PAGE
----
“Seems like you understand a great many things, sir.” Tom shifted defensively in his seat, stealing a quick glance over at his passenger.
“His accident was widely reported, you see; I simply mean to ask after your brother’s health – I trust that his convalescence proceeds well.”
“Yes, thank you, Mr Haydon. He is recovering well.” Tom disliked answering questions about Joe. They made him feel uneasy; they reminded him of how close he’d come to losing his brother. Tom attempted to shift the conversation away from his brother’s physical and mental state.
“The economy isn’t in great shape, certainly. This tanker disaster’s done nothing to improve the mood in the city, either.”
A flash of discomfort now shot across Haydon’s face, and he took his time to formulate his response. Below, office windows in Downtown Seattle winked in the weak light as they moved out towards the suburbs.
“Yes. It is a terrible business – a great tragedy, indeed. Impossible to forecast; shortly to be resolved, we all pray.”
The rhythmic beat of the helicopter filled the silence as they closed in upon the buyer’s helipad. The sizeable compound was becoming clearer; a large villa set away from an extensive storage area, a short, private road connecting the two. Craymer asked the question sitting at the forefront of Tom’s mind.
“So, how’d'ya enjoy the flight, Mr Haydon? She’s a real beauty, huh? The beat of this engine – the blades – it’s… it’s poetic, right?”
“Yes, it is a fine machine. A classic by anyone’s judgement.”
Tom prickled with sharp relief, cut with a bitter edge.
“You would like to discuss an arrangement, sir?” Tom carefully picked around the topic, not wanting to reveal the business’ financial desperation, or his emotional attachment to the helicopter, and all it represented to his family.
“Most certainly, gentleman. Touch us down and we shall come to terms – without need to battle the noise of the engine.”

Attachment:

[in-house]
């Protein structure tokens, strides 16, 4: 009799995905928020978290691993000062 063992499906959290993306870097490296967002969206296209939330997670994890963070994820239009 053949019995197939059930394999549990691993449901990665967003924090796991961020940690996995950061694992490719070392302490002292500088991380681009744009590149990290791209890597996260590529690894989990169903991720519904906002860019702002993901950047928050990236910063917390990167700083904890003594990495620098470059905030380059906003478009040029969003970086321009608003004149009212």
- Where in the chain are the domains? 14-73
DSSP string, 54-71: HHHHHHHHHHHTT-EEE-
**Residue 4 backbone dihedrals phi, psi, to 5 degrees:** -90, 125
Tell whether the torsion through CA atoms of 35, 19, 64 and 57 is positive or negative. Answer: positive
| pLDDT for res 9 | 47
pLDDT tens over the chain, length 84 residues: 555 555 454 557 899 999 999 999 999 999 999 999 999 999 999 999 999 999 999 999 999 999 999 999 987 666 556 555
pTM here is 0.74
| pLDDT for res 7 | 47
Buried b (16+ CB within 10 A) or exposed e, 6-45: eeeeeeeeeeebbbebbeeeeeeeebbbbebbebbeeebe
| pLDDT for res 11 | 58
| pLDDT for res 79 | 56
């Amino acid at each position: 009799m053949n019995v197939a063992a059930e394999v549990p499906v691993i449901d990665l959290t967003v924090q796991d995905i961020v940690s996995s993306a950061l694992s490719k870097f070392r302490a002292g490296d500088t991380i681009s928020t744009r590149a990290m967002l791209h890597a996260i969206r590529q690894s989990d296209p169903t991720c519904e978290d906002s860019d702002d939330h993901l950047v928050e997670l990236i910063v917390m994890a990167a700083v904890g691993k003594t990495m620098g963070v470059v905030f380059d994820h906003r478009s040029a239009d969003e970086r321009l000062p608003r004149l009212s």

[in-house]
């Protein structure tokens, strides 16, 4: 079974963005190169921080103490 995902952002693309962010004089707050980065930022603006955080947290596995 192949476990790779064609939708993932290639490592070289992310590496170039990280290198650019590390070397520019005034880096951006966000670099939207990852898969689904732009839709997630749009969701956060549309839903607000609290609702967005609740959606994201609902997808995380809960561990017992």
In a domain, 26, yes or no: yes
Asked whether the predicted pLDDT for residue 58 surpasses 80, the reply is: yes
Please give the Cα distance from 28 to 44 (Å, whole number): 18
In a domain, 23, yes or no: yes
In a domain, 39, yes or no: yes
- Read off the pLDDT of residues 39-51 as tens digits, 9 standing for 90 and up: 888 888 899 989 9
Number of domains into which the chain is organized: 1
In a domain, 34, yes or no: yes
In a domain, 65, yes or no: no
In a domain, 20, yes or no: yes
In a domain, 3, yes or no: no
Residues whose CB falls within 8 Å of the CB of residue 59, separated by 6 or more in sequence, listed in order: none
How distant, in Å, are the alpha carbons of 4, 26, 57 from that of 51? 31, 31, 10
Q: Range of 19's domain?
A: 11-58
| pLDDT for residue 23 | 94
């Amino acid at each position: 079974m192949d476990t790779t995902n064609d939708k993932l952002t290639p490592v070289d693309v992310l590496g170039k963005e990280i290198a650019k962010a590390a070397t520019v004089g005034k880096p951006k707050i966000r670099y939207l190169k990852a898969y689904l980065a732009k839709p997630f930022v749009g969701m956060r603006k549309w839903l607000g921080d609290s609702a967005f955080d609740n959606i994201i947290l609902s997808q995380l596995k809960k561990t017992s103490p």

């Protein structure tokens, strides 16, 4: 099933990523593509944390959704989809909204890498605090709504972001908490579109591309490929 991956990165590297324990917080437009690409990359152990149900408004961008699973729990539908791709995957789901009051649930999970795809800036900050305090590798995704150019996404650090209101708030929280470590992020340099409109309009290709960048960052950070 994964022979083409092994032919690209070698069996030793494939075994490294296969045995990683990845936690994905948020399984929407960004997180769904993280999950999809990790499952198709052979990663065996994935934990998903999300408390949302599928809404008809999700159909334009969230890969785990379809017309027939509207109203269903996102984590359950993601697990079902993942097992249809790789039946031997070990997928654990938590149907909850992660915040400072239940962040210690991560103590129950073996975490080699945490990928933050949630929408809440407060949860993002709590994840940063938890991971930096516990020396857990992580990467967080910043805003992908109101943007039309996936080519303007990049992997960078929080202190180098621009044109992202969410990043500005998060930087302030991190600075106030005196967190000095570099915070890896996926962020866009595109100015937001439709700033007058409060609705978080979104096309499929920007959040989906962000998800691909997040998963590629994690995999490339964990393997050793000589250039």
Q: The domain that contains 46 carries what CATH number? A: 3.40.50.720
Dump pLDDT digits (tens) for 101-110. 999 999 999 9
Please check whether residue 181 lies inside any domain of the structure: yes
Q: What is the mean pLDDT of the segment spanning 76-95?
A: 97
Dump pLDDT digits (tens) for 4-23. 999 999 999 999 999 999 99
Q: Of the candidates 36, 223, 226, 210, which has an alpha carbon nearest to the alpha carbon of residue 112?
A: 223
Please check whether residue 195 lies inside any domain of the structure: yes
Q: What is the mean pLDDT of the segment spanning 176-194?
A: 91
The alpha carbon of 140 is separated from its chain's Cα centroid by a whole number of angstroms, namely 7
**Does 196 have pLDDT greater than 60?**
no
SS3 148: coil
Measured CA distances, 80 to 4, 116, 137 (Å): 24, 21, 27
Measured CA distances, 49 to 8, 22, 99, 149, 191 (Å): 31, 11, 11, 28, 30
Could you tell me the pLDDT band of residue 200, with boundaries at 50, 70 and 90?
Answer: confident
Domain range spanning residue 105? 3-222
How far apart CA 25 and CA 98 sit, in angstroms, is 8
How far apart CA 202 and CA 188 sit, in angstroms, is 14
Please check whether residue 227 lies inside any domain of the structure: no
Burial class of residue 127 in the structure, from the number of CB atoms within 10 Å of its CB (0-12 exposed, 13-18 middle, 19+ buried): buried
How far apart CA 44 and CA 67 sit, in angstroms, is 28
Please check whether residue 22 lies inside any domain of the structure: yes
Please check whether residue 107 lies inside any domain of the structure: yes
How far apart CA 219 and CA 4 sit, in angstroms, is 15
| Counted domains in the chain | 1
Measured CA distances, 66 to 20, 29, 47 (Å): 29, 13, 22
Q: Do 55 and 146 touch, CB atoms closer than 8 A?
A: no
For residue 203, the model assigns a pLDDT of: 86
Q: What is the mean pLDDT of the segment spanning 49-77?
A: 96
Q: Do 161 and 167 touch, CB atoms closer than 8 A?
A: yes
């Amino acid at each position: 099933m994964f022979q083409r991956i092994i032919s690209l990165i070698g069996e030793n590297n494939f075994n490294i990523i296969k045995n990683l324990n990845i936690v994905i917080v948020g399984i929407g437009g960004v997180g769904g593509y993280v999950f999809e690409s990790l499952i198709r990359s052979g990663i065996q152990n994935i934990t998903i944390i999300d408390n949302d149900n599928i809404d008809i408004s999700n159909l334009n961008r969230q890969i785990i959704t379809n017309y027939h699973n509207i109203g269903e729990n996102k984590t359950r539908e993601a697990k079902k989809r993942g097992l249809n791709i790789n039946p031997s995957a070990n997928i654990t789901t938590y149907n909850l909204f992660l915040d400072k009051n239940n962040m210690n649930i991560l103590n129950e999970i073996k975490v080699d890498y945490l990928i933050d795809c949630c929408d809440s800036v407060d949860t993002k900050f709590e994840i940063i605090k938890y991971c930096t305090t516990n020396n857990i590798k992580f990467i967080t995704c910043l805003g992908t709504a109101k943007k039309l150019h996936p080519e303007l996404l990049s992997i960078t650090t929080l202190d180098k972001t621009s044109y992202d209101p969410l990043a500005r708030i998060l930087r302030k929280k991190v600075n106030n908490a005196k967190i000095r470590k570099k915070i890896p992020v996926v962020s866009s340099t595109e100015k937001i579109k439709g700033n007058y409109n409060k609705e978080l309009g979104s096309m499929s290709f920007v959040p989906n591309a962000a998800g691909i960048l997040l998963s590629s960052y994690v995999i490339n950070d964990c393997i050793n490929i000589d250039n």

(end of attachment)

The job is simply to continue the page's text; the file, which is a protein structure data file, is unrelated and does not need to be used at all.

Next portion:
Tom gently touched the helicopter down in the centre of Haydon’s compound. Large enough from the air, on the ground it was a formidable size, with several other helicopters visible within two modern hangars. No more than 300 meters away, a large estate was in view between avenues of trees. Tom completed his shut-down procedures as a car approached the pad, pulling up to patiently await the arrival of Mr Haydon.
“Gentlemen, I thank you. It was an enjoyable flight. I would be pleased to accept the sum I discussed with your brother.”
Tom shifted his weight from right to left; he had no idea how much his brother had agreed upon. Joe was handling the business side of things now – throwing all his efforts into it. Tom felt a shade of embarrassment touch his complexion, a prickly heat returning to his palms.
“Certainly, Mr Haydon. It’s a fair price, after all.”
Haydon stretched out a long arm, shaking Tom and Craymer by the hand in turn.
“Then it is settled. I can arrange for a driver to take you back to your heliport. I insist.”
“No, sir, thank you, but, that won’t be necessary. We’re able to make our own way back.”
Craymer shot Tom a sharp glance, knowing full well that they had made no arrangements to return. He didn’t relish the thought of getting public transport back, particularly as the clouds were beginning to roll more heavily across the sky. Haydon studied Tom carefully, pausing briefly before picking his response.
“Certainly, certainly. My staff will be able to direct you towards the main entrance. It has been a pleasure doing business with you, Mr Larkin. Good day to you both.”
Haydon turned and entered the waiting car, nodding to the driver as it pulled away in the direction of the estate. Craymer turned his face towards Tom, the pair standing in silence as the car sped away. The first drops of rain of a storm that would mask Seattle for the whole afternoon began to fall. Tom knowingly avoided Craymer’s stare.
“Not a word, Craymer. Not a word.”